Your First iOS & SwiftUI App: An App from Scratch

Feb 13 2023 Swift 5.7, iOS 16, Xcode 14

Part 1: Getting Started with SwiftUI

2. SwiftUI vs UIKit

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The order of the courses in the beginning learning path mentioned has changed; see the current order here

There’s a saying erroneously attributed to the Chinese: “May you live in interesting times.”

Depending on your point of view, that can be either a blessing or a curse. And right now, this saying accurately describes the situation that beginner iOS developers find themselves in today.

In 2019 Apple introduced SwiftUI, which is the fancy new way to create user interfaces in Swift.

One of the cool things about SwiftUI is that your user interfaces are created completely in code, but while you’re coding you can see a dynamic preview of this code in SwiftUI’s canvas editor. And you have a choice - you can either code the user interface yourself, or you can use Swift UI’s canvas editor to code it on your behalf.

This is nice because SwiftUI gives you the benefits of being able to construct a user interface via code, combined with the benefits of being able to visualize your work as you go. It also makes working with SwiftUI really nice in real-world, team-based environment.

Apple has been promoting SwiftUI as the preferred way to build new apps for many reasons, including the fact that it makes it easier to port your iOS apps to Apple’s other platforms, such as macOS, watchOS and tvOS.

Plus, it’s plain fun! As you’ll see for yourself in this course, creating beautiful user interfaces with SwiftUI is a pure joy.

It’s important to know that SwiftUI isn’t the only way of making user interfaces on iOS. You can also use something called UIKit, which is the framework that iOS developers had to use before SwiftUI was released.

I want to point out that UIKit is still a valid way to make iOS apps. In fact, I’d say there are still probably more developers using UIKit than SwiftUI.

If SwiftUI is so great, why is that?

Well, there are three main reasons.

First - SwiftUI only works on iOS 13 or later. Even though iOS 16 is out now, some companies need to support earlier version of iOS and are just getting to a place where they can start switching to SwiftUI.

Second - SwiftUI is still not as mature as UIKit. Think about it: UIKit has been out for 12 years, and in fact it was based on a macOS framework called AppKit which had even more history, so there was a lot of time to get things right.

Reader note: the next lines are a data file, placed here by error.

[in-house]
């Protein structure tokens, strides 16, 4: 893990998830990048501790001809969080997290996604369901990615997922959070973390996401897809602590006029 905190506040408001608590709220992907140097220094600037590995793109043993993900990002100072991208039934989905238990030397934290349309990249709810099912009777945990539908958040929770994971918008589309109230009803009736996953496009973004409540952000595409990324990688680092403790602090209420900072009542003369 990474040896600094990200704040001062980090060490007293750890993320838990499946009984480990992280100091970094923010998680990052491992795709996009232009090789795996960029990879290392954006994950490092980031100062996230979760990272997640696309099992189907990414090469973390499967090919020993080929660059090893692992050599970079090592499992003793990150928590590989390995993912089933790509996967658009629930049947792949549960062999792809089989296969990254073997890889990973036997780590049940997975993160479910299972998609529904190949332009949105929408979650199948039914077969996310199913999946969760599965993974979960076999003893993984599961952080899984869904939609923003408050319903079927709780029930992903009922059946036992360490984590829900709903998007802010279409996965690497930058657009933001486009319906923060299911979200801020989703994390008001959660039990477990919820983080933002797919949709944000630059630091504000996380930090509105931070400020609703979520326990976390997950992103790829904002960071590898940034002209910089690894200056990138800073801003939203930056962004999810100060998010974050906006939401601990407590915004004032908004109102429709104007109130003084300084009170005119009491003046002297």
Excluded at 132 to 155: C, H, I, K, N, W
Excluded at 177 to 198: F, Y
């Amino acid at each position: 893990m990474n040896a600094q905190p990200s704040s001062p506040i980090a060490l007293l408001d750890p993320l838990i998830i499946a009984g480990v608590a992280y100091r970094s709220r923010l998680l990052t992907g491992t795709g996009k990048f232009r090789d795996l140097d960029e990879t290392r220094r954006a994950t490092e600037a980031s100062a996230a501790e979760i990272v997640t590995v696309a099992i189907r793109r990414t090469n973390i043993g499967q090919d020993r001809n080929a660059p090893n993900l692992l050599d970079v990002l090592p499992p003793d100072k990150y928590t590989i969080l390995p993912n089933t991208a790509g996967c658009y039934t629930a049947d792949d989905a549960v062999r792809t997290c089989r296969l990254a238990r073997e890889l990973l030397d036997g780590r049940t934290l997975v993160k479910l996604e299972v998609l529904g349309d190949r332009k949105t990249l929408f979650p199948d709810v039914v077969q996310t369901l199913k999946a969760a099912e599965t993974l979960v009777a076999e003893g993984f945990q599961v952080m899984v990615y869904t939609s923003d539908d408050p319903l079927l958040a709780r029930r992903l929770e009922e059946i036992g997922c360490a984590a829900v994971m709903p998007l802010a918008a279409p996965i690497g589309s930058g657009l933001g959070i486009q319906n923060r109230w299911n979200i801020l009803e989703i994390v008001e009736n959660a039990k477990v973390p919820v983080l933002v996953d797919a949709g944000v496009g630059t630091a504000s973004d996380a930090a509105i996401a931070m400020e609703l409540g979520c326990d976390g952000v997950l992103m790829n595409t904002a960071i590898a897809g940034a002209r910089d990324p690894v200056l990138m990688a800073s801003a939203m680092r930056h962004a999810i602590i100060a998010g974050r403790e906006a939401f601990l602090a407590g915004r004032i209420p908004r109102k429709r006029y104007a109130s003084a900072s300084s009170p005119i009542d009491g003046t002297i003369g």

But SwiftUI is much younger. This means there are still some missing features and a rough edges. Some companies still want to give SwiftUI a little more time to catch up, or they’ll have to use some UIKit to account for missing features.

Third and finally - many companies have already written their apps using UIKit. It can be a ton of work to rewrite an entire app in SwiftUI! So, a lot of that old UIKit legacy code will remain for quite some time.

So now it comes time to answer your burning question…

…which should I learn: SwiftUI or UIKit?

As of today, here’s our answer.

It’s both!

If you’re serious about being a professional iOS developer, our recommendation is to learn both SwiftUI and UIKit.

Learning SwiftUI is important because it’s the future of iOS development. SwiftUI is huge, and there’s a lot to learn, so it’s a good idea to get started now. And if you’re making a new app, you can make it with SwiftUI today.

Learning UIKit is important too. If you end up working at a company that already has shipped an iOS app, there’s a high chance that it’s using UIKit. So if you want to work at one of those companies, it’s important for you to be able to work with those codebases too.

I also want to point out that it’s not all or nothing: it’s possible to make a certain part of your app with SwiftUI, and the rest with UIKit. As companies begin to transition from UIKit to SwiftUI, we expect to see many codebases with a mixture of both SwiftUI and UIKit code in the years ahead.

This is first course in our “iOS and SwiftUI for Beginners” learning path, and we’re taking a SwiftUI-first approach here because SwiftUI is the future of iOS development.

This way can be sure that you’re learning the latest and greatest techniques, making your skills future-proof and in high demand.

If you follow along with this course, and then continue on through the rest of the courses as recommended by “iOS and SwiftUI for Beginners” learning path, you’ll get a solid start developing iOS app and you’ll build up your programming skills in Swift.

Once you’re done with this learning path, there’s still more to do! You can move onto more advanced learning paths, like iOS User Interfaces with SwiftUI, iOS Data and Networking, and iOS IDEs and Tools. Where you go next depends on what you want or need to learn. There’s no wrong choice.

All of these use SwiftUI. But what about UIKit? As we mentioned, it’s important to learn that too.

That’s why we created a special and optional learning path, called iOS User Interfaces with UIKit. If you need to learn UIKit development for your job or to add UIKit-only features to you app, you should definitely check that out.

So for new iOS developers having to learn two ways of creating user interfaces at once, these are definitely some interesting times.

But hey - learning new things is part of the joy of being a programmer. We’re loving learning SwiftUI and are so excited to be on the cutting edge of the future, and we hope you enjoy this journey with us!